Dark Fall 2: Lights Out
Who are you calling Steve? Me? No, I'm Parker. What am I doing here?
I know this place. This is the lighthouse. I remember Trewarthan, and Demarion and a task. Why in the middle of the night? I am a cartographer. I came here to draw maps, not sail around in the fog and the dark.
I said no. Should I have said yes? Would it have made a difference? Probably not, seeing as I am here anyway.
But here is not here. It's all different.
It didn't used to be. It was just a lighthouse, but without people. There were supposed to be people, three of them I think. I thought they might be hiding in the dark corners. I thought I could hear them but there was nothing there. I heard a cough, a know I did. And footsteps. I still think something was hiding.
So where did they go? Where did I go?
I found the tunnel in the drawing. And lots of other things. Then I came here and sort of found them. And they found me. They spoke to me. They said things but mostly I didn't understand. Sometimes I couldn't hear them properly, and I could only see them with that thing the lady showed me. She spoke to me too, but she wouldn't let me in.
I know what's in there though. It's Drake's room. I was in there in the other place. I think I went back there first though.
But then I went somewhere else. Except it wasn't somewhere else. It was still here. How can I be there and here, and be in the same place? It doesn't make sense. Maps make sense.
"Leave this place and ponder" he/it said. Easy for him to say. He doesn't understand that I would if I could. I wonder if he is the one they all saw glowing? Is he Malakai?
There were books in one of the places, and they were about the lighthouse. There was something peculiar about what they said but I can't remember it now. Except I know it wasn't true.
Polly, that was her name. Why do I remember that when I can't remember other things? And why did she say she was James?
All those little tricks. They were like tests. The answers were hiding, like the people. I found them though. Some of them didn't want to be found, and they stayed in the dark or were hiding in another place, but I found them. I draw maps and I find things.
I had to walk around a lot to find all the answers. I missed some and had to go back. I could only see some if I stood in just the right place. They were the hardest to find.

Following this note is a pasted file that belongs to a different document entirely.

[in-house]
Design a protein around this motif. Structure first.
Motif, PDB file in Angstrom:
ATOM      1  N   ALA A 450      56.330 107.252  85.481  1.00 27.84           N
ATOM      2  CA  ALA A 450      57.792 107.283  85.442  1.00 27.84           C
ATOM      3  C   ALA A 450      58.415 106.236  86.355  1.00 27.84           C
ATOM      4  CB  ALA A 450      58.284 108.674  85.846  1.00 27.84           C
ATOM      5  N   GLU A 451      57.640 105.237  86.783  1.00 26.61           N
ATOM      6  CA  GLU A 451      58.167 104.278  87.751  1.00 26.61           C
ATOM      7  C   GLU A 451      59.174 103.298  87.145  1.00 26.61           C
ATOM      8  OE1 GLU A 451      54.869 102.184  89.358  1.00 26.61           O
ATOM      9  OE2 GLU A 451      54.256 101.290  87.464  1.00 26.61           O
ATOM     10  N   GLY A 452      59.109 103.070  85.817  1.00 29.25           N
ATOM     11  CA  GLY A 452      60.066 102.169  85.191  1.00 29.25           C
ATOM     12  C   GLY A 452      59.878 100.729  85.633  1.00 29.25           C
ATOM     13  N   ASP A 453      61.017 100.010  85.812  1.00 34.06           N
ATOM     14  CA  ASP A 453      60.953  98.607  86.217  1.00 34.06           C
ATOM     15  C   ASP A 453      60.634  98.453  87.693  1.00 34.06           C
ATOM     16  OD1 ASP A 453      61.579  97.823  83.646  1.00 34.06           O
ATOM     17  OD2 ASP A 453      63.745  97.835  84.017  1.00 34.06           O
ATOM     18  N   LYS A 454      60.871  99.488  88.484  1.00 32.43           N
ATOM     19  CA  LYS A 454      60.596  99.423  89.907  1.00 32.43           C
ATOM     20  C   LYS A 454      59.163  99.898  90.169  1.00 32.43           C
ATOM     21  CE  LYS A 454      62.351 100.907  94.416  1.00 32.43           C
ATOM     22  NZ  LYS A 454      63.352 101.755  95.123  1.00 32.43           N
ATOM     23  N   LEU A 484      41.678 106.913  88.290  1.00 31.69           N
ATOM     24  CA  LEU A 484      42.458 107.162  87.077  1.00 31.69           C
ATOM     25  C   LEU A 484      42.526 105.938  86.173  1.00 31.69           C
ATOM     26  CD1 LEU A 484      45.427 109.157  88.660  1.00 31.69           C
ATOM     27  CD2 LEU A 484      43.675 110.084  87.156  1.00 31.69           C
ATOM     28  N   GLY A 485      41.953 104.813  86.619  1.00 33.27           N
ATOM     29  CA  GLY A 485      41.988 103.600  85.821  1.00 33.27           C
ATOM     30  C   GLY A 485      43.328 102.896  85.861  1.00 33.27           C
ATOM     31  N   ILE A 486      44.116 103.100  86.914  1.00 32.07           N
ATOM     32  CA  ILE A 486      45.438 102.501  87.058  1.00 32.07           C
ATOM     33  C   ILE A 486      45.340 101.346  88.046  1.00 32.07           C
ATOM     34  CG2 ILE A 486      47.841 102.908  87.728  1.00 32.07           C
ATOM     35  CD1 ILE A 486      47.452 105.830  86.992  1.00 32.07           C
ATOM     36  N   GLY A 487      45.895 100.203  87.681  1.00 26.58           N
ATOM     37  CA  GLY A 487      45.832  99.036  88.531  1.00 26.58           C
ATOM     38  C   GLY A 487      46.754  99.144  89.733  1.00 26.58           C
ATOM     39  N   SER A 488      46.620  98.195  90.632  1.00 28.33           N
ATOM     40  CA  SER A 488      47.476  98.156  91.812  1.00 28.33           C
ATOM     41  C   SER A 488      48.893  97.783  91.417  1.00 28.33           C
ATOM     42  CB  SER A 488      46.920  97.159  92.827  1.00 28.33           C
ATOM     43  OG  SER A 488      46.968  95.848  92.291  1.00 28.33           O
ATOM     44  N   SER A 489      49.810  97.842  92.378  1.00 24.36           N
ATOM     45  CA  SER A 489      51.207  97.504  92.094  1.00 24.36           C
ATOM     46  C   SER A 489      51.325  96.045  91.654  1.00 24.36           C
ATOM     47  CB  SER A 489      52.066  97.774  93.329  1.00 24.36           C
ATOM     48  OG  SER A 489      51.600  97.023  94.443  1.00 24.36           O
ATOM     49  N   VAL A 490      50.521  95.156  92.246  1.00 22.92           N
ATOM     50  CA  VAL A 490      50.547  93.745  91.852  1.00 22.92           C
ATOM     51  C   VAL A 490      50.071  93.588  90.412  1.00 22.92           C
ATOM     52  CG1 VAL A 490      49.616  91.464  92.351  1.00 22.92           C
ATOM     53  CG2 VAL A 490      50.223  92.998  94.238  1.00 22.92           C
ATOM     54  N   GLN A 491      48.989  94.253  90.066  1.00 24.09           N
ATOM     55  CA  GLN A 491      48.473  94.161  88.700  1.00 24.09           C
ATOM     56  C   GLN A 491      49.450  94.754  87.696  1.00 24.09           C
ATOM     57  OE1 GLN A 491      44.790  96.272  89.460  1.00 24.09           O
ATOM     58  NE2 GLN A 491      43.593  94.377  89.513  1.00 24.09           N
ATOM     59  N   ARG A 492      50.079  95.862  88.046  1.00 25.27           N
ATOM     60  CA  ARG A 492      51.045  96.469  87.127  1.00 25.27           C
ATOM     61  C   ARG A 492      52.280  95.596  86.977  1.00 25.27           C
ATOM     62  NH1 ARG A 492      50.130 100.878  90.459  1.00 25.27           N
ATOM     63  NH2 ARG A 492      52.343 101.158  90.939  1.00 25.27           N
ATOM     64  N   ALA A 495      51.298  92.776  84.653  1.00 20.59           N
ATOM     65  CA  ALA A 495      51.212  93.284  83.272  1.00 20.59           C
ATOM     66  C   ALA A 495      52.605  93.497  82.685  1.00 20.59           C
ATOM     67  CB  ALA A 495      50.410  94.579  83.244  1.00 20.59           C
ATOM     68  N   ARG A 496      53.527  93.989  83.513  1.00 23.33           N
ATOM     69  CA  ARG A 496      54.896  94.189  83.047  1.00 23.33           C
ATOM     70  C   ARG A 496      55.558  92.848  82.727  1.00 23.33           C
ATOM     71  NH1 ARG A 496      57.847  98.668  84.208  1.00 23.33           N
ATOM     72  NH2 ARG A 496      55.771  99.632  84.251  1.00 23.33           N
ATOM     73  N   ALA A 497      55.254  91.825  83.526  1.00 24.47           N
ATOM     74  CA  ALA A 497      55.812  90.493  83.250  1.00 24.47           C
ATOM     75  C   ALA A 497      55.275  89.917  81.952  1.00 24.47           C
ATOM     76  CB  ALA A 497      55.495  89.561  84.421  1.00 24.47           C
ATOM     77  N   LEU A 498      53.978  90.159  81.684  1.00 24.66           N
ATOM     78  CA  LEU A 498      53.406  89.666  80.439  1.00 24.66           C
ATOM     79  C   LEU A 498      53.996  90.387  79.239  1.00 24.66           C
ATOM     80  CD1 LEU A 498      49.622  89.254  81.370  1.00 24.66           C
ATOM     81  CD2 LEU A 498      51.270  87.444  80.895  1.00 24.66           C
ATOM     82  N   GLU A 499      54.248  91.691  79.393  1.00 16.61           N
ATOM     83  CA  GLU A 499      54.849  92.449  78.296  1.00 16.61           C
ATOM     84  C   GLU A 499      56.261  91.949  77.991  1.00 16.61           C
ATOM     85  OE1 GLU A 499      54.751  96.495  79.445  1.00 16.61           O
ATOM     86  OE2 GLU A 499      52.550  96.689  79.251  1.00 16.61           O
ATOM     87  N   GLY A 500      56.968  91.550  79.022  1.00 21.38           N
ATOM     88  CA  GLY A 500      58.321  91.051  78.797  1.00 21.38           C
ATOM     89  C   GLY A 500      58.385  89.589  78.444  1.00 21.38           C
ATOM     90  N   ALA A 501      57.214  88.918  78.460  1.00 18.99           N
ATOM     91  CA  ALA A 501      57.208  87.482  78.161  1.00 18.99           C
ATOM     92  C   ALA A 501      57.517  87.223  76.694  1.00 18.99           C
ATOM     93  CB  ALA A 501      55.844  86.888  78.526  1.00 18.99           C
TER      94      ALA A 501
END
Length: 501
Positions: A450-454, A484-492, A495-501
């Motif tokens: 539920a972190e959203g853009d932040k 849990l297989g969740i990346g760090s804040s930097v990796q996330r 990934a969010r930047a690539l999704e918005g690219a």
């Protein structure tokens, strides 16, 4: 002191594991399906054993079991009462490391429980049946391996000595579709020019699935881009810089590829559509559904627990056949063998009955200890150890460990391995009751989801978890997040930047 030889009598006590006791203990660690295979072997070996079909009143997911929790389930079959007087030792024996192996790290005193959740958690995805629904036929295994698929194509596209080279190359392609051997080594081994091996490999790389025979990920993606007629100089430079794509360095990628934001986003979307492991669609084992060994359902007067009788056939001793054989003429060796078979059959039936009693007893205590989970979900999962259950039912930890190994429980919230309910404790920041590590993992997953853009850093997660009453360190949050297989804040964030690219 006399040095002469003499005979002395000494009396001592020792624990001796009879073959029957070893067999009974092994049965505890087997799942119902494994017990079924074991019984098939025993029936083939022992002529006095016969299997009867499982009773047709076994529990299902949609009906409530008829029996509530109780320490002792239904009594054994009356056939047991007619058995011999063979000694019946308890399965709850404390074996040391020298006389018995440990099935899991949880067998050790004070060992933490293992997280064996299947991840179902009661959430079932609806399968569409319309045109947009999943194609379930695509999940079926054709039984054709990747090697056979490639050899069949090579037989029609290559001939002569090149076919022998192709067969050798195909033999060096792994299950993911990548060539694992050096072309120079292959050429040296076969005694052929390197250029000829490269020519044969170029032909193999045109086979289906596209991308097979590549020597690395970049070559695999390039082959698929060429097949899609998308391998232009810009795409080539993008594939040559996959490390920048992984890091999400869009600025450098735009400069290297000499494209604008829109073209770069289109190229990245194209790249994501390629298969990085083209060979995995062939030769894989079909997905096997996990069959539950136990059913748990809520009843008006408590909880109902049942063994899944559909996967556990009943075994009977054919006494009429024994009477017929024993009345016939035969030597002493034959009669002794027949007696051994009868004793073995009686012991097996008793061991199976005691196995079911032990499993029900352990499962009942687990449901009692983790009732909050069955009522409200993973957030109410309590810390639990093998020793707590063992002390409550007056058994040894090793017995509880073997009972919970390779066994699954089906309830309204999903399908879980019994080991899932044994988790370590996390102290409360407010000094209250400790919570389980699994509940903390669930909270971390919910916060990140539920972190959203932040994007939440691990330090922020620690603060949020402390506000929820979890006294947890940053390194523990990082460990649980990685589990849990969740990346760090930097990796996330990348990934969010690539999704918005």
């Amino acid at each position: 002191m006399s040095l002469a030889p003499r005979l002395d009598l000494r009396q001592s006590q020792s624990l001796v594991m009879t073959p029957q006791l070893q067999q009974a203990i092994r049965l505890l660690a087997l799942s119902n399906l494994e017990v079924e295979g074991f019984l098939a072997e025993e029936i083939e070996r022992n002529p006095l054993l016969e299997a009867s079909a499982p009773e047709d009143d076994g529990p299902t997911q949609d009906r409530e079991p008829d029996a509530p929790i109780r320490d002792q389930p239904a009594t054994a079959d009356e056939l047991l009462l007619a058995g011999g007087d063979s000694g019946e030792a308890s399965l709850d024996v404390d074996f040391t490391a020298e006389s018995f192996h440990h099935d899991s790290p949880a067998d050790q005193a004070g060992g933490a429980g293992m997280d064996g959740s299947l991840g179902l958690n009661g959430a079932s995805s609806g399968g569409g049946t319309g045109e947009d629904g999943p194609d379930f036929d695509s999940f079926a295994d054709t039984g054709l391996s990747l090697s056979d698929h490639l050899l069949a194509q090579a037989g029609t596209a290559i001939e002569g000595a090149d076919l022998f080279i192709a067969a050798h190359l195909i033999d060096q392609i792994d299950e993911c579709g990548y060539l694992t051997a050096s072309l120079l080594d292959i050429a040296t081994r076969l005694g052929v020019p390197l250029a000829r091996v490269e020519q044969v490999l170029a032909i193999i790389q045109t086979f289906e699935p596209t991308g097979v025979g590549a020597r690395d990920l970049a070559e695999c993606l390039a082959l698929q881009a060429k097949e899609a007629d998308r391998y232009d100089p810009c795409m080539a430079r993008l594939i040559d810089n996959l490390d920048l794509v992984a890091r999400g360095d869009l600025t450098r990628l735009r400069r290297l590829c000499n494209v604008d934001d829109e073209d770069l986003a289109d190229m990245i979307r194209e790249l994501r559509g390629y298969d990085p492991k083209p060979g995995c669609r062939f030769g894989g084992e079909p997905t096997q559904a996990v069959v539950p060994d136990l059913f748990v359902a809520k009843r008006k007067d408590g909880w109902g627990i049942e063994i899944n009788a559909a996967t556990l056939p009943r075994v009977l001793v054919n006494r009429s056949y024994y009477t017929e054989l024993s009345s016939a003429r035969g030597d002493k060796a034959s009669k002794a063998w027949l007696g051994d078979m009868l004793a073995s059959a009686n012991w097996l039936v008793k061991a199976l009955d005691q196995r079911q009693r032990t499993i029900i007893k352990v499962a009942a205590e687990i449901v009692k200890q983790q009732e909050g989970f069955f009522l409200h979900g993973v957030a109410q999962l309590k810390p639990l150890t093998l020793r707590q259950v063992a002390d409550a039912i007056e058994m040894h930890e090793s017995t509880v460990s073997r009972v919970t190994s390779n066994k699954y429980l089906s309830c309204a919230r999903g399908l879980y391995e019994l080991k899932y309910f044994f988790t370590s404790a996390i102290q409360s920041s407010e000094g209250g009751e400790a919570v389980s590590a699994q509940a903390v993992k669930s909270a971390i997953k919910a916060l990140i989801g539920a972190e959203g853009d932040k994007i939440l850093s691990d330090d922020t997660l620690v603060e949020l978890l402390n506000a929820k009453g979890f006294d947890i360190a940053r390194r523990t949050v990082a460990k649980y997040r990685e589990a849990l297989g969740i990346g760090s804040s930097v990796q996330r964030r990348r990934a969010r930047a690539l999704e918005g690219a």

The lady's thing helped with the finding. I should thank her. Perhaps I already did.
I had to look through people's things. I don't think they minded. They didn't say if they did.
I found cups and little lighthouses and pictures and letters and treasure in secret places. Lots of things. Lots of stories. Some were useful and some were fun, and some were just stuff.
I found lots of numbers too. And shapes. And colours. And then I tried to put them all in that machine where Malakai spoke. I am going to call him/it Malakai, whether he likes it or not. Or you. I don't know what else to call him/it, and things are always less complicated if they have a name.
Can you still hear me?
Maybe his name is DEOS. There was someone/thing called DEOS there. I found his hiding place behind the wall. There were more tunnels, and red light and shadows, and I don't think it was the lighthouse anymore.
I want to go back to the Fisherman's Arms. It was warm there. And they had food. Ivan had a party at DEOS' place. I bet there was food at the party. Maybe pasties. Why did I think of pasties?
If I shut my eyes I can hear the waves. And the birds. Music sometimes as well. Nice music as well as creepy music. Nice and creepy.
I don't want to talk anymore.
Lights Out is a worthy follow up to the first Dark Fall. Far from faltering under the high expectations, Mr Boakes has created another rich and well paced ghostly tale. Not quite as edgy I thought, and a touch over finicky with some of the critical hotspots, but fans of the first game will be right at home here.
It would be telling too much to reveal much of the plot. It might be on the box or in the manual, but you won't find it here. Uncovering it as you go is part of the experience. It's a jigsaw, both in its experiencing and its solving. I did think the ending a bit flat though. It will be a matter of personal taste, but I wanted more overt closure on some of the threads.
It plays (and looks) like the first game, utilising a "letterbox" format in presentation. Menu in the top bar, inventory items in the bottom. Click the item if you are in the right spot, and it will be used. A small range of cursors indicate things can be done or examined in the game window. It's simple and easy to use. No (apparent) tweaking the settings though, and no subtitles.
It loads completely and plays without the CD if you want it to. Save games are small text files wherever you want to put them, so are as limitless as your hard drive has space. It's all point and click, all with the mouse.
It's an open game, more so after the initial parts. There is some backtracking, and some re-searching of places and things already examined once you reach certain stages of the game, but it's not simply more of the same.
Like the first Dark Fall, for full enjoyment don't rush through Lights Out. Read the letters and books you find, examine the photos and pictures. Listen to the sounds and embrace the dark. It's a many layered experience.
Not so much a sequel, but another part of what I hope will be a series with many more episodes.
Copyright © Steve Ramsey 2004.
All rights reserved.
Windows 98/ME/2000/xp, Pentium III 450 MHz or better, 128 MB RAM (256 MB recommended) 24x CD ROM, SVGA Graphics Card or better with 32-Bit colour 800 x 600 resolution, DirectX 9 compatible sound card.